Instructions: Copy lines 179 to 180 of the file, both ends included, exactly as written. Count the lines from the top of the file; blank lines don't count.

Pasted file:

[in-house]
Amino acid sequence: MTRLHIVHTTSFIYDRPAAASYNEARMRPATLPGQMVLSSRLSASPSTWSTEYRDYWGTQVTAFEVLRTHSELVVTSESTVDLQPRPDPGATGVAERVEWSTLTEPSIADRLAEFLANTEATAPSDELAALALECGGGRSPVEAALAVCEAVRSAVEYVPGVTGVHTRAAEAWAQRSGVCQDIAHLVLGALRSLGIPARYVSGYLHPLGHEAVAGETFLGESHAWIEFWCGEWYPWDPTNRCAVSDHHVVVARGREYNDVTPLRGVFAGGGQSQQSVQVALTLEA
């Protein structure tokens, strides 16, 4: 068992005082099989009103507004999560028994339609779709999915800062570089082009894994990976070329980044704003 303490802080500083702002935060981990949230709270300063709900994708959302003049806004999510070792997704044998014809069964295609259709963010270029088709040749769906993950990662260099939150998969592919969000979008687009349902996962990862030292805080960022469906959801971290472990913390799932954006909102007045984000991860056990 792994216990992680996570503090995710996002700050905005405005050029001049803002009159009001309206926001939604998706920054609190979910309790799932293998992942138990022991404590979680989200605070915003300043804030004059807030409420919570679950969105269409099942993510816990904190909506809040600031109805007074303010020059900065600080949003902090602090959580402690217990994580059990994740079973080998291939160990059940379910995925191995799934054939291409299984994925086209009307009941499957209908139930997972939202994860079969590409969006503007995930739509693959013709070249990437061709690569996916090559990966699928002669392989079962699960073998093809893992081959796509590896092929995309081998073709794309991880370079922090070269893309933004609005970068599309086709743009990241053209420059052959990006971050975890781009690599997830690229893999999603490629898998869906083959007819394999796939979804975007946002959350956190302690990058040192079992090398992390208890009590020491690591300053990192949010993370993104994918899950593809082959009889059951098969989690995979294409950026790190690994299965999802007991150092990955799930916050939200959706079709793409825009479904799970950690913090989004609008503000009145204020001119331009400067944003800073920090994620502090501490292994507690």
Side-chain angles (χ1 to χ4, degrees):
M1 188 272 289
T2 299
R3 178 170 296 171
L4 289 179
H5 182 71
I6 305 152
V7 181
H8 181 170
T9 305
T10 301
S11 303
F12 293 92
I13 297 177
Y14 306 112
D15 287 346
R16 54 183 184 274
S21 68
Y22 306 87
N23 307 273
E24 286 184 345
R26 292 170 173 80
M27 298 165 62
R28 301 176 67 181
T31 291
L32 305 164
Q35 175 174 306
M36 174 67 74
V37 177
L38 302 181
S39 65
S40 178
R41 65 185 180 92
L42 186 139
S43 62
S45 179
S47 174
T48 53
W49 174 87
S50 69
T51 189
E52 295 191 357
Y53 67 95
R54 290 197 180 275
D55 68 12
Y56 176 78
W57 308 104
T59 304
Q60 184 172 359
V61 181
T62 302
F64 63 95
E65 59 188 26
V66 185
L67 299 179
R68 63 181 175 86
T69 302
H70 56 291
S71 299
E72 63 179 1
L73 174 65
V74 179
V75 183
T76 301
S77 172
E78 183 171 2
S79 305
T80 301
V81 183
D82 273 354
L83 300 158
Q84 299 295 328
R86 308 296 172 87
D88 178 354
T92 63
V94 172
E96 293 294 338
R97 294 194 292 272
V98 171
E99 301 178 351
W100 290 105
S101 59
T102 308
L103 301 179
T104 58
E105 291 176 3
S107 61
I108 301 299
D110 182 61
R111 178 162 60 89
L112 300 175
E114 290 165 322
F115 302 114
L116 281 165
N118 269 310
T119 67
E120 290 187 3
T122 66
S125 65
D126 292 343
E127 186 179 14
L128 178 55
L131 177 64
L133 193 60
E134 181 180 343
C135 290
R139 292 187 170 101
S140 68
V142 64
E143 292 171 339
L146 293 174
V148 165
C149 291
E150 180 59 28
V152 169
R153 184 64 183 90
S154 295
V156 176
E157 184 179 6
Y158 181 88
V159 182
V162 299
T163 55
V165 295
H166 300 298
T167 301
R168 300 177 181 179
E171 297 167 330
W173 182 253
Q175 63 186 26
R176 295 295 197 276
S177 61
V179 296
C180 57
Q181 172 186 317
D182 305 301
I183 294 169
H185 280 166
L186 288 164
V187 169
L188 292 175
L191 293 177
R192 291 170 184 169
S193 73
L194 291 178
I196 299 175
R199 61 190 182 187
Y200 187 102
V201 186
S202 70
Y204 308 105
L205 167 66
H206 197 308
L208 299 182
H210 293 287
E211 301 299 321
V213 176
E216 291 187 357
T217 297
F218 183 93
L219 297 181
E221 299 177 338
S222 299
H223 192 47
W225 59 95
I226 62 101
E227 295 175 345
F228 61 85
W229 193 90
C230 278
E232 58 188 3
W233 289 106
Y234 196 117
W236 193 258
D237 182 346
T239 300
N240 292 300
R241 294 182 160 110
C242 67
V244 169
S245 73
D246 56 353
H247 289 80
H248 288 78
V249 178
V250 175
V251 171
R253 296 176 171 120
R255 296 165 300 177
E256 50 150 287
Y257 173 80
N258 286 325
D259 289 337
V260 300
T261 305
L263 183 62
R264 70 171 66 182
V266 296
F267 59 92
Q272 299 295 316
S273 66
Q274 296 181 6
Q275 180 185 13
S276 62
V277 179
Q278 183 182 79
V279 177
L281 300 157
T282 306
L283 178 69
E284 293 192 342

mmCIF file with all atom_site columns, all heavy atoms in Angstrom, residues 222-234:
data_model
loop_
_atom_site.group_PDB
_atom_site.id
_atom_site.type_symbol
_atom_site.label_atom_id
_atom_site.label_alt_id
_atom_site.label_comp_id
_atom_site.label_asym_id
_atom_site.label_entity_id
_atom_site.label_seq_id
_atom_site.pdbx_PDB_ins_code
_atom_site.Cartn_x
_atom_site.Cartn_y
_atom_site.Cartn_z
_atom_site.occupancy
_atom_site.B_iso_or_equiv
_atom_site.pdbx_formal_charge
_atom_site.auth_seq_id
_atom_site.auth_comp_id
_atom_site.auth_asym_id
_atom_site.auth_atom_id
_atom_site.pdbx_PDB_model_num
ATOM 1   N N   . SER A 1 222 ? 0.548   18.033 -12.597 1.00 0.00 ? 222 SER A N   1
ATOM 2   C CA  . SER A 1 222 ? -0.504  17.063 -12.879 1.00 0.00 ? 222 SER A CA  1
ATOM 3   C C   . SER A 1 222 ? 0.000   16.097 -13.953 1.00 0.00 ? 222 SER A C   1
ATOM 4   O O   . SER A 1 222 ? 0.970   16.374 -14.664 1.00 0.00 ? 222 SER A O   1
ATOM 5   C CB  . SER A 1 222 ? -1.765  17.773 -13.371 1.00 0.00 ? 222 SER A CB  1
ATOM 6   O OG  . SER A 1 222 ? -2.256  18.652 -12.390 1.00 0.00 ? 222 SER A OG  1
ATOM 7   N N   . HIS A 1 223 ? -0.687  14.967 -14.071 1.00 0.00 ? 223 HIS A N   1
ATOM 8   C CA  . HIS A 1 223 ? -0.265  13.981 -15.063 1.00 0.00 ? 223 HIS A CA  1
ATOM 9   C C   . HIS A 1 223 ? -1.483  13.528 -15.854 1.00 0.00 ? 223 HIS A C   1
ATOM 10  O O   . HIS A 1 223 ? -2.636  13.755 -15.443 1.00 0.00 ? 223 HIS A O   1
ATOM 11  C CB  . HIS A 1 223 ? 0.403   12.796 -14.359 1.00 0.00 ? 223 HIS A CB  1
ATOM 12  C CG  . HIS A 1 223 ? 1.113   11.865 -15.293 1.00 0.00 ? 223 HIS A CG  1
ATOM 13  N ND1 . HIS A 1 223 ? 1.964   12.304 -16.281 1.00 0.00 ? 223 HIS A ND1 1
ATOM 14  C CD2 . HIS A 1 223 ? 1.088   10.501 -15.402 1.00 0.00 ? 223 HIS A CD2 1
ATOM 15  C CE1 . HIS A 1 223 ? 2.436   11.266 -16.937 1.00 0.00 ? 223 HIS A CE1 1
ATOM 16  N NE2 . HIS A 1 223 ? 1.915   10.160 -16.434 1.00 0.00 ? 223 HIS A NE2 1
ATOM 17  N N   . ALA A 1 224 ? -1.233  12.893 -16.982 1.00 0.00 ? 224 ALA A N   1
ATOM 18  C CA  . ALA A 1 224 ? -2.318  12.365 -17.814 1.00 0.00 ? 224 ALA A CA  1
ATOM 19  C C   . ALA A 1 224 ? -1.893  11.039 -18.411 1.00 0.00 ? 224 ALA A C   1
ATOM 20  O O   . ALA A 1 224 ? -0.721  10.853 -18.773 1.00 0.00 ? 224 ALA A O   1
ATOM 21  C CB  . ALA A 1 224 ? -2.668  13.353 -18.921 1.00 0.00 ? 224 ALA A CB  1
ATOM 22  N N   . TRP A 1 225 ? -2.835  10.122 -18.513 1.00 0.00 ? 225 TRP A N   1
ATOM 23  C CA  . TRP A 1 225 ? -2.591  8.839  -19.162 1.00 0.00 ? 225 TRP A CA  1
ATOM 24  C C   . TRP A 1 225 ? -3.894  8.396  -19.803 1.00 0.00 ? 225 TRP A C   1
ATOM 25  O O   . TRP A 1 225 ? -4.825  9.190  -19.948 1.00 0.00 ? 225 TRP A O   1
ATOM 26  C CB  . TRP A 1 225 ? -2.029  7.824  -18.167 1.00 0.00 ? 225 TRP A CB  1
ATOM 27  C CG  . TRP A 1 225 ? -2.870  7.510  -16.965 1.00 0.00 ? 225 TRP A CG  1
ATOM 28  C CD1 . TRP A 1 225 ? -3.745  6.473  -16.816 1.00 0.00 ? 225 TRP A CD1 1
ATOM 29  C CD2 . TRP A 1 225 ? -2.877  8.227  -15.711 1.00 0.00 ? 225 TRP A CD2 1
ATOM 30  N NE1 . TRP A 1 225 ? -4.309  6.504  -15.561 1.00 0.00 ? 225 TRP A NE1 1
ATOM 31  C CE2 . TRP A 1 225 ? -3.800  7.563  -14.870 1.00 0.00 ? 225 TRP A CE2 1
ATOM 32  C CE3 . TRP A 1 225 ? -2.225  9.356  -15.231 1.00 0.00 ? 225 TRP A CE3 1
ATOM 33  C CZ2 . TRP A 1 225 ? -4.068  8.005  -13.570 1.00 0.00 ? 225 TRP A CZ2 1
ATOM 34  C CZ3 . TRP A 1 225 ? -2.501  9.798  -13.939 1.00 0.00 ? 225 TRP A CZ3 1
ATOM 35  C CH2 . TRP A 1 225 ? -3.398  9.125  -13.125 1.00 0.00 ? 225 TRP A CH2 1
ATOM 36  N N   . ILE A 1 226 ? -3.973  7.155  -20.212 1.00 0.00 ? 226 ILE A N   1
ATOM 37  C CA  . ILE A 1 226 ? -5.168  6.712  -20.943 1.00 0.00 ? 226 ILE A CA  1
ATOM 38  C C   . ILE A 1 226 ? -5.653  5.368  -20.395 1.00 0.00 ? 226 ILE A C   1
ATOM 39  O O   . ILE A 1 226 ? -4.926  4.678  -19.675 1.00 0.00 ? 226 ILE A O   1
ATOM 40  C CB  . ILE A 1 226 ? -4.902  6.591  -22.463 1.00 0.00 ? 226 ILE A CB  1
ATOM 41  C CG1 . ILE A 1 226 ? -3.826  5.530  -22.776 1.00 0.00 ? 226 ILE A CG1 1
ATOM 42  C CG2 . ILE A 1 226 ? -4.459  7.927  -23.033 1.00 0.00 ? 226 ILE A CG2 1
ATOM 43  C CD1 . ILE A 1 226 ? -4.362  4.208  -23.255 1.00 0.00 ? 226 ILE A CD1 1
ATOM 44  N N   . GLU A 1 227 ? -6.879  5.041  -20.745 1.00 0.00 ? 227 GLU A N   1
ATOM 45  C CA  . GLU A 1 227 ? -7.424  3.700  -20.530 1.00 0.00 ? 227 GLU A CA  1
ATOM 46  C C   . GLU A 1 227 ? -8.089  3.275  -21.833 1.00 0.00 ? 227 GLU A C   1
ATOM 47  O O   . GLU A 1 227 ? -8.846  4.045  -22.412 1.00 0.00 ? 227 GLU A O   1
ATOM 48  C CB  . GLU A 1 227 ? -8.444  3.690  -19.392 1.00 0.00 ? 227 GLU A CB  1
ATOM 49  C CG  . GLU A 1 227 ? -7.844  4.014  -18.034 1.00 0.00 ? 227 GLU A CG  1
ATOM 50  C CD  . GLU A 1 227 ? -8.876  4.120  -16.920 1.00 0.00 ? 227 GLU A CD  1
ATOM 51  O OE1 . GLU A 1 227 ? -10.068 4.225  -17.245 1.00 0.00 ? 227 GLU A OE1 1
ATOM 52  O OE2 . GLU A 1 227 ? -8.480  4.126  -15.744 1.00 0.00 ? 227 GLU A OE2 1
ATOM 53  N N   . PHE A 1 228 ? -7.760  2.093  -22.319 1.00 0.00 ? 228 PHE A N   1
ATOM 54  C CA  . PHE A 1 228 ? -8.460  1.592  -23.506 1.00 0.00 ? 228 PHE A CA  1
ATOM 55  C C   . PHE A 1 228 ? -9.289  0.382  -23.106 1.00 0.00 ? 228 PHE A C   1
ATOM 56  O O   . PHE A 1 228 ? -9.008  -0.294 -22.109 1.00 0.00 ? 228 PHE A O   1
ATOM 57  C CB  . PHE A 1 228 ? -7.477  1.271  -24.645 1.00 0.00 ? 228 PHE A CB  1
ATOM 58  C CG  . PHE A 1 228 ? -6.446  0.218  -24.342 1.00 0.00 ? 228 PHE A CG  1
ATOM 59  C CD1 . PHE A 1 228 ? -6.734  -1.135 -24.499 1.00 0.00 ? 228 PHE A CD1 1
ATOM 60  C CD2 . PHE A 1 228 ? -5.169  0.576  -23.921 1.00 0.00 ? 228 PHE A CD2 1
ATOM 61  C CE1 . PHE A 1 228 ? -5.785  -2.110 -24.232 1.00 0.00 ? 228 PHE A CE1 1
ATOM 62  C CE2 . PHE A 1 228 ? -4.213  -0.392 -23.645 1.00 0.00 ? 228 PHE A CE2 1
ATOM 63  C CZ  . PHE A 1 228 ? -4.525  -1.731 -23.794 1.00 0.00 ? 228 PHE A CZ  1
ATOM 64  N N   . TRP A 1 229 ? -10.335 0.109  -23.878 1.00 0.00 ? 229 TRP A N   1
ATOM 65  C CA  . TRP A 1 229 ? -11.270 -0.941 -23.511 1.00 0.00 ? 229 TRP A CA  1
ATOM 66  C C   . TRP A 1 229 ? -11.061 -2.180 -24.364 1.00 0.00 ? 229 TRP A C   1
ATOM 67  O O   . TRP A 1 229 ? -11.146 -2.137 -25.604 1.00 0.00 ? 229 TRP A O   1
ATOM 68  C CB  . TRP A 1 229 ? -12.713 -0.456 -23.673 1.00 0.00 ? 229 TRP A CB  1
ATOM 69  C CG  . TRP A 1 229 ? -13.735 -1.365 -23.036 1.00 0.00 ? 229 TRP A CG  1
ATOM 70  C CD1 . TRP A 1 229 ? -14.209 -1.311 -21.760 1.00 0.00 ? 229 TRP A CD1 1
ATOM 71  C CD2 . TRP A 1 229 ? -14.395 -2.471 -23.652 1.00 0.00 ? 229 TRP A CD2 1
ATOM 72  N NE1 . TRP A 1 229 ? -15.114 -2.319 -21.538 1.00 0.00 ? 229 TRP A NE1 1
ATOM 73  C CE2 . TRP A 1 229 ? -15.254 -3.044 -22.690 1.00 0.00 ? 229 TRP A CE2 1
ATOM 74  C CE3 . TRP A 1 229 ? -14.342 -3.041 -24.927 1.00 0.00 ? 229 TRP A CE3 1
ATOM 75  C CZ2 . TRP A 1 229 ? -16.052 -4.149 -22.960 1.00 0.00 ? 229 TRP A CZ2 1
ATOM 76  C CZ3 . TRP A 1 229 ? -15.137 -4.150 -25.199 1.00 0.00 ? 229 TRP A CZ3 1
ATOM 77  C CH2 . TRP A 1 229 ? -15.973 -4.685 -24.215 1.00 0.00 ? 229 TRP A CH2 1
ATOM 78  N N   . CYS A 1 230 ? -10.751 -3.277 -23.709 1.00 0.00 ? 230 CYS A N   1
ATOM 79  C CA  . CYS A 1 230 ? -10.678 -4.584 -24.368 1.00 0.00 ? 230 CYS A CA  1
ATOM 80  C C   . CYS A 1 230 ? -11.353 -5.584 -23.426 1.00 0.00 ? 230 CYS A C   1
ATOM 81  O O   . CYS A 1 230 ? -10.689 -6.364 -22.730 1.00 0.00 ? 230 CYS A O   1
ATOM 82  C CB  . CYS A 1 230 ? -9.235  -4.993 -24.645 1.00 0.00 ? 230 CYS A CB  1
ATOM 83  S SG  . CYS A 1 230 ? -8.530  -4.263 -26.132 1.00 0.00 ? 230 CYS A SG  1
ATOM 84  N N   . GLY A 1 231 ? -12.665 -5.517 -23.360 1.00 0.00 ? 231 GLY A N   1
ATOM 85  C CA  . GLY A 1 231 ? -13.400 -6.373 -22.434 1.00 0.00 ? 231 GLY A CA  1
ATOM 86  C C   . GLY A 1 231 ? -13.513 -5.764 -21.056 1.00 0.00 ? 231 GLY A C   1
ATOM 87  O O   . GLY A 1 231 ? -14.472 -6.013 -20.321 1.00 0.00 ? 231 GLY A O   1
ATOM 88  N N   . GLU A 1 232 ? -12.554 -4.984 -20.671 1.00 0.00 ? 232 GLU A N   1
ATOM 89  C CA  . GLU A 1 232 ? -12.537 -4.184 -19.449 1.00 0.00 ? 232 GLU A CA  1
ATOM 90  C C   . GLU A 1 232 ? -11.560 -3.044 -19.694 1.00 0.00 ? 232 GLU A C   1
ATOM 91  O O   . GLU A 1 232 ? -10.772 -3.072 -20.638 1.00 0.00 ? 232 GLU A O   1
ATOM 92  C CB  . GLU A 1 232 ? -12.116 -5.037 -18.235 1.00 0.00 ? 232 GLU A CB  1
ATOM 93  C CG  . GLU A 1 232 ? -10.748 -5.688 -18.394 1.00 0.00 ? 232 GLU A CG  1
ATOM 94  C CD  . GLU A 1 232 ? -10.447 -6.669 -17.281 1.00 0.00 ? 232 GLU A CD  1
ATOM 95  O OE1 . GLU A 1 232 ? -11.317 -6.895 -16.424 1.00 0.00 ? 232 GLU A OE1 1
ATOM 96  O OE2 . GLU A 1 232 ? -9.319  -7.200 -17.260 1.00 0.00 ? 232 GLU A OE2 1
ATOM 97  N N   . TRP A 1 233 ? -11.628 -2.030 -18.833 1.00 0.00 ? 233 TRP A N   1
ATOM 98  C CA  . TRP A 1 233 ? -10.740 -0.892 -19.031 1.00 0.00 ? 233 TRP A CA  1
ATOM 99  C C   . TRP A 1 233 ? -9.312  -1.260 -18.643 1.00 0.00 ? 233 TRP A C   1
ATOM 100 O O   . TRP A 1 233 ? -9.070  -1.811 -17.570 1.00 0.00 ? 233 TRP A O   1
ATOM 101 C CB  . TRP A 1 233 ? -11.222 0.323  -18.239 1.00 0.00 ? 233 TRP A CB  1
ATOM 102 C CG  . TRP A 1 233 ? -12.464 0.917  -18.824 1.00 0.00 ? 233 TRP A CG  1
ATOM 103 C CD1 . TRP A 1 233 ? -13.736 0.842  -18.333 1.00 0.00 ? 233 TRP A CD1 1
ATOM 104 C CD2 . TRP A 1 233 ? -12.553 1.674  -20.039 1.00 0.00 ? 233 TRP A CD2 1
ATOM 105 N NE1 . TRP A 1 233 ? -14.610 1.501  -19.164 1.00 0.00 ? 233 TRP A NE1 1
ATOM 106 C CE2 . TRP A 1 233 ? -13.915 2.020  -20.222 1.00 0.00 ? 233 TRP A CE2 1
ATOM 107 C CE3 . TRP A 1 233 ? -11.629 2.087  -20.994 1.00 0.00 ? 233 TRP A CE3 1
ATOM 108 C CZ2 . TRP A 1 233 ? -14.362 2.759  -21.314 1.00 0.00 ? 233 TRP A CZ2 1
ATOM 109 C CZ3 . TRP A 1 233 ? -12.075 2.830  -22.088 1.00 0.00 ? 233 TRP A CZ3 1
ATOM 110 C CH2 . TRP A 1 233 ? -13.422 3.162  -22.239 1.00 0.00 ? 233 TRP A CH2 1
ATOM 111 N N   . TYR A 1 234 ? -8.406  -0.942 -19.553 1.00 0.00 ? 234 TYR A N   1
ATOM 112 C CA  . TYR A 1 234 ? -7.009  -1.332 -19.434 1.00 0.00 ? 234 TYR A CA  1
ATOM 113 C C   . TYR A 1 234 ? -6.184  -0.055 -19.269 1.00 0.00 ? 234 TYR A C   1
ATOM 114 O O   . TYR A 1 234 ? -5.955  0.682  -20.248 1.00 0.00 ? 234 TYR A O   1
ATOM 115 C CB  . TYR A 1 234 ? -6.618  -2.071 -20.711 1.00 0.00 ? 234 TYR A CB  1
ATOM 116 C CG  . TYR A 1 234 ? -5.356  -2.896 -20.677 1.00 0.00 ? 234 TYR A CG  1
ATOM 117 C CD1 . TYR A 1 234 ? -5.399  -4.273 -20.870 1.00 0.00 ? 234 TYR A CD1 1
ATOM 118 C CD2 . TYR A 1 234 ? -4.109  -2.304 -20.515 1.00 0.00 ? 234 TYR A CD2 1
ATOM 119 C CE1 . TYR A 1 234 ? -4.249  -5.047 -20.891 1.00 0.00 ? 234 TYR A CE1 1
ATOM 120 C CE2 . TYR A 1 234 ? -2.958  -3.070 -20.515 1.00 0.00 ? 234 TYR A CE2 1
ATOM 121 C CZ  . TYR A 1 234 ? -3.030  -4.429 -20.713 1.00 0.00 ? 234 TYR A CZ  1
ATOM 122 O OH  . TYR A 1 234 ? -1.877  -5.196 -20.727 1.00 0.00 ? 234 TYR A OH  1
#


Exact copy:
T239 300
N240 292 300